Hundreds of thousands of Cubans rallied for late communist leader Fidel Castro with Latin American and African leaders in Havana the night before his ashes were to be taken across the country.
They chanted “Long live the revolution!” and “Fidel! Fidel!” on Tuesday at a packed Revolution Square, the vast esplanade where he gave so many of his legendary marathon speeches.
A giant picture of a young, bearded Castro in his guerrilla uniform and rifle hung on the National Library as his brother and successor, Raul Castro, waved at the crowd.
“There are thousands of people in the square,” Al Jazeera’s Alan Fisher, reporting from the rally in Havana, said.
“The ceremony began with the national anthem. Before that we saw some of the dignitaries, like Evo Morales of Bolivia and Jacob Zuma of South Africa, take their seats on the podium. They were cheered, applauded by everyone in the crowd.”
Leftist presidents Nicolas Maduro of Venezuela, Ecuador’s President Rafael Correa and Daniel Ortega of Nicaragua were also among foreign dignitaries to pay tribute to Castro.
Correa praised Castro’s ideology, telling the crowd: “We will keep fighting for these ideas. We swear!”
Zimbabwe’s Robert Mugabe, 92, himself a former Marxist guerrilla who has led his country as prime minister or president since 1980 despite financial and health crises, praised Fidel Castro’s government for having trained thousands of Zimbabwean doctors and teachers.
“Fidel was not just your leader. He was our leader and the leader of all revolutionaries. We followed him, listened to him and tried to emulate him,” Mugabe told reporters as he arrived in Havana.
“Farewell, dear brother. Farewell, revolutionary,” he said.
South African President Jacob Zuma hailed Castro as “one of the great heroes of the 20th century”, citing his opposition to apartheid and his deployment of Cuban troops to back Angola’s government against rebels in 1975.
Mexico’s Enrique Pena Nieto also flew in, but Colombian Juan Manuel Santos, whose government negotiated a peace deal with the Marxist FARC rebels in Havana, did not come as expected.
Representatives and supporters of revolutionary groups from around the world also attended the ceremony in Havana.
“In the crowd I have seen flags from the Basque country in Spain, also a Sinn Fein flag from Ireland … groups that would have gained support of Fidel for their so-called revolutionary ideals were also present,” said Al Jazeera’s Fisher.
Greek Prime Minister Alexis Tsipras was the only European leader at the rally.
The leaders of Britain, Germany, France, Spain and Canada all sent others to represent them.
US President Barack Obama, who along with Raul Castro ended decades of enmity to restore diplomatic relations, did not attend. Obama’s senior advisor Ben Rhodes and the top US diplomat in Cuba, Jeffrey DeLaurentis, represented Washington, but without the status of a “presidential delegation”.
“We continue to have some significant concerns about the way the Cuban government currently operates, particularly with regard to protecting the basic human rights of the Cuban people,” White House spokesman Josh Earnest said.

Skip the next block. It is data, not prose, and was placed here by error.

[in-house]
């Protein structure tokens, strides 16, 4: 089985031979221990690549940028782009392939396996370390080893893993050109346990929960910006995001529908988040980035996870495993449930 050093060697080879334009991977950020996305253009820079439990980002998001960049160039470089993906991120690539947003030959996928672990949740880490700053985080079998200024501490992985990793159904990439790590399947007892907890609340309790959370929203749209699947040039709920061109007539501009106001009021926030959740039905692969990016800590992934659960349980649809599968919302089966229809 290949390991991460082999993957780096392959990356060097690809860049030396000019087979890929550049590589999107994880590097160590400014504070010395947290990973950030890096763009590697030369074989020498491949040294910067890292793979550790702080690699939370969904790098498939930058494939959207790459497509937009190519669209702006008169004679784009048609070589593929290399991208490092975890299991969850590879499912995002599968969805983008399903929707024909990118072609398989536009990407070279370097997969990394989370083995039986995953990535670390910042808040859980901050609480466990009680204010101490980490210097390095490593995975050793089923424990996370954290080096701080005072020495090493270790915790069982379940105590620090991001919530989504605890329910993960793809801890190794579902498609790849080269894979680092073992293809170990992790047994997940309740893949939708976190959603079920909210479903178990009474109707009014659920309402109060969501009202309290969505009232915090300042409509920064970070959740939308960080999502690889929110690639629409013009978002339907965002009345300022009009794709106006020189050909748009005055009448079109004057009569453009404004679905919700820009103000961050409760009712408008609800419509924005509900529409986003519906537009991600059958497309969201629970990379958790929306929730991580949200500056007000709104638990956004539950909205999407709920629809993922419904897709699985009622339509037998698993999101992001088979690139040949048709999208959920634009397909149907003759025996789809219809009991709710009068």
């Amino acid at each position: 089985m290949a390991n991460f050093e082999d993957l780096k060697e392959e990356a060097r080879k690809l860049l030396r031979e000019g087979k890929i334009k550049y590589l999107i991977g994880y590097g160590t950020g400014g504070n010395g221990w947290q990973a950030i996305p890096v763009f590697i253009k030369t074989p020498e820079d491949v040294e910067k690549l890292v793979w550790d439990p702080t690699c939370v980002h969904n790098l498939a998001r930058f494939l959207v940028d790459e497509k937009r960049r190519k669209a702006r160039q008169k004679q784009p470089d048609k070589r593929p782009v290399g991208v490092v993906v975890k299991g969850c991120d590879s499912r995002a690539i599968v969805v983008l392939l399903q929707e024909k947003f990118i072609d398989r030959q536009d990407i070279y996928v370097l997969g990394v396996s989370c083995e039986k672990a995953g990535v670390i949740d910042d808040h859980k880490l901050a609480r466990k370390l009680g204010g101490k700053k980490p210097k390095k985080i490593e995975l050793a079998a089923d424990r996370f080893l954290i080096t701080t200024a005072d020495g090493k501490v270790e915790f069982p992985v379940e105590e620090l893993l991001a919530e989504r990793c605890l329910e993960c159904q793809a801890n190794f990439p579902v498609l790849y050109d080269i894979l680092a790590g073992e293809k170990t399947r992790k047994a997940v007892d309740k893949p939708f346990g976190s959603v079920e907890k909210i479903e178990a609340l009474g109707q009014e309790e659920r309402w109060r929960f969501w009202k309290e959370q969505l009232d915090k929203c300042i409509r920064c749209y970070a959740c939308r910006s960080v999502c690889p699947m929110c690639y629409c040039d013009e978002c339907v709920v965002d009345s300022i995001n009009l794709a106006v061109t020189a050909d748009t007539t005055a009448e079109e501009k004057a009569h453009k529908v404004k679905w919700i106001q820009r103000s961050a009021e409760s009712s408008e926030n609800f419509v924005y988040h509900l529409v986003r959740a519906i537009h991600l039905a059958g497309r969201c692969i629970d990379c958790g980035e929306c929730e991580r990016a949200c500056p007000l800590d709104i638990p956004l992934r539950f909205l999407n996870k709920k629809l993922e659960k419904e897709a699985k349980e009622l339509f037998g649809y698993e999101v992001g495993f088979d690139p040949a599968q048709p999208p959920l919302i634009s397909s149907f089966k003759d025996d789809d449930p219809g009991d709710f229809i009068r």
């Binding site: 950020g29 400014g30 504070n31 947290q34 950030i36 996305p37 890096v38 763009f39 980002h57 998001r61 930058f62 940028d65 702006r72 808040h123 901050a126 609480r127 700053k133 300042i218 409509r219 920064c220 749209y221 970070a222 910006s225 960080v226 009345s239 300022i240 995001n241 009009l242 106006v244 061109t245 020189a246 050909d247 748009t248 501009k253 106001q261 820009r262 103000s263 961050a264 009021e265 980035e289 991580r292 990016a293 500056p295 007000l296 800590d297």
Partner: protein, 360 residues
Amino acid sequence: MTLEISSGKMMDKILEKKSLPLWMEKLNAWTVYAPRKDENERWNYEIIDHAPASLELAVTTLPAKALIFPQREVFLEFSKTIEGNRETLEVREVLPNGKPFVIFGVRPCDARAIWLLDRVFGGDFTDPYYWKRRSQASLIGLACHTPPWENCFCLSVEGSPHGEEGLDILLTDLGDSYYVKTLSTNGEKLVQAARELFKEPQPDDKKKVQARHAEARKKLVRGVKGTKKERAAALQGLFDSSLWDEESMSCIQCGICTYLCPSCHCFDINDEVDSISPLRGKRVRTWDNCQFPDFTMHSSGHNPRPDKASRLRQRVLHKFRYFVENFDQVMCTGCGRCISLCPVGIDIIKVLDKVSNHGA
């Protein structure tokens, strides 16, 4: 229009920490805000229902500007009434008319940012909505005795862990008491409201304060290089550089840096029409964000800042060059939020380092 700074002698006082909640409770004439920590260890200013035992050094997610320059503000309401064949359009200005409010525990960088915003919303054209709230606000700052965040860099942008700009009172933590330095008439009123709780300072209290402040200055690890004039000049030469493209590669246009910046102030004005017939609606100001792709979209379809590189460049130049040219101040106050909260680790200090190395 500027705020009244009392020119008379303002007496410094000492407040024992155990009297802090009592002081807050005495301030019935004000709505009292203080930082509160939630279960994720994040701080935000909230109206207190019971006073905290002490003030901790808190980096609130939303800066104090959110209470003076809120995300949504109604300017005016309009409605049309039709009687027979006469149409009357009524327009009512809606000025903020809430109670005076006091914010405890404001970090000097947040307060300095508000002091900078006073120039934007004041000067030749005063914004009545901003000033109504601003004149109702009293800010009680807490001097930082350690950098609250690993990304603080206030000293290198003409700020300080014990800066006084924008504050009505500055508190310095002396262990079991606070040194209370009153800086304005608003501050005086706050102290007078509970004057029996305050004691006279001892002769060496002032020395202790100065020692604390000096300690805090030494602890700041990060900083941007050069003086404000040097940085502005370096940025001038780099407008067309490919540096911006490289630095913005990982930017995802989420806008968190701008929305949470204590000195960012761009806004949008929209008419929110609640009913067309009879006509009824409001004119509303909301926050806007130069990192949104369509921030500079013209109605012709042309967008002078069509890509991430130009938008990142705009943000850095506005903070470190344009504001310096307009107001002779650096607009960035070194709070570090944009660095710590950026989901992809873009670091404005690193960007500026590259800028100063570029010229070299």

Several other world leaders also shunned the tribute, highlighting the divisive legacy of the major Cold War player. Even the presidents of nations who are friendly with Cuba, such as Russia, China and Iran, sent deputies instead of attending themselves.
China sent Vice President Li Yuanchao, while Chinese President Xi Jinping visited the Cuban embassy in Beijing to pay his condolences, the country’s foreign ministry said.
Russian President Vladimir Putin skipped the ceremony but described Castro as a “true friend of Russia”.
The Kremlin said he held a different view on his legacy to that of US president-elect Donald Trump, who has called the Cuban leader “a brutal dictator”.
“Cubans are very aware that the likes of Jacob Zuma and Robert Mugaba, who is 92, have made the effort to come here,” said Al Jazeera’s Fisher.
“But Americans have sent a national security adviser and their newly minted ambassador as their delegation. The British have sent a junior foreign minister to the event. But the people in Cuba aren’t that bothered. What really matters to them is that they themselves mark the life of Fidel Castro.”
The Cuban government, still essentially dedicated to Castro’s political vision despite some economic reforms under Raul Castro, has declared nine days of mourning. That included a two-day commemoration in Havana, where tens of thousands of Cubans have waited in long lines to pay their respects in Revolution Square.
Castro – who ruled from 1959 until an illness forced him to hand power to his brother Raul in 2006 – died on Friday at age 90. The cause of death has not been announced.
“Fidel would be proud to see the square overflowing like this, especially with young people,” said 46-year-old teacher Tatiana Gonzalez.
The rally followed two days during which Cubans, encouraged by the government, streamed past a picture of Castro inside the square’s towering monument to independence hero Jose Marti.
They were also urged to sign an oath of loyalty to Castro’s revolution in books placed at schools and other public buildings.
After Tuesday’s ceremony, the urn holding Castro’s ashes will be taken on a “caravan of freedom” across the country, retracing the route his guerrilla movement took to celebrate the toppling of dictator Fulgencio Batista in 1959.
The commemorations end on Sunday, when the urn will be laid to rest in the eastern city of Santiago de Cuba, where 19th-century independence hero Marti is buried.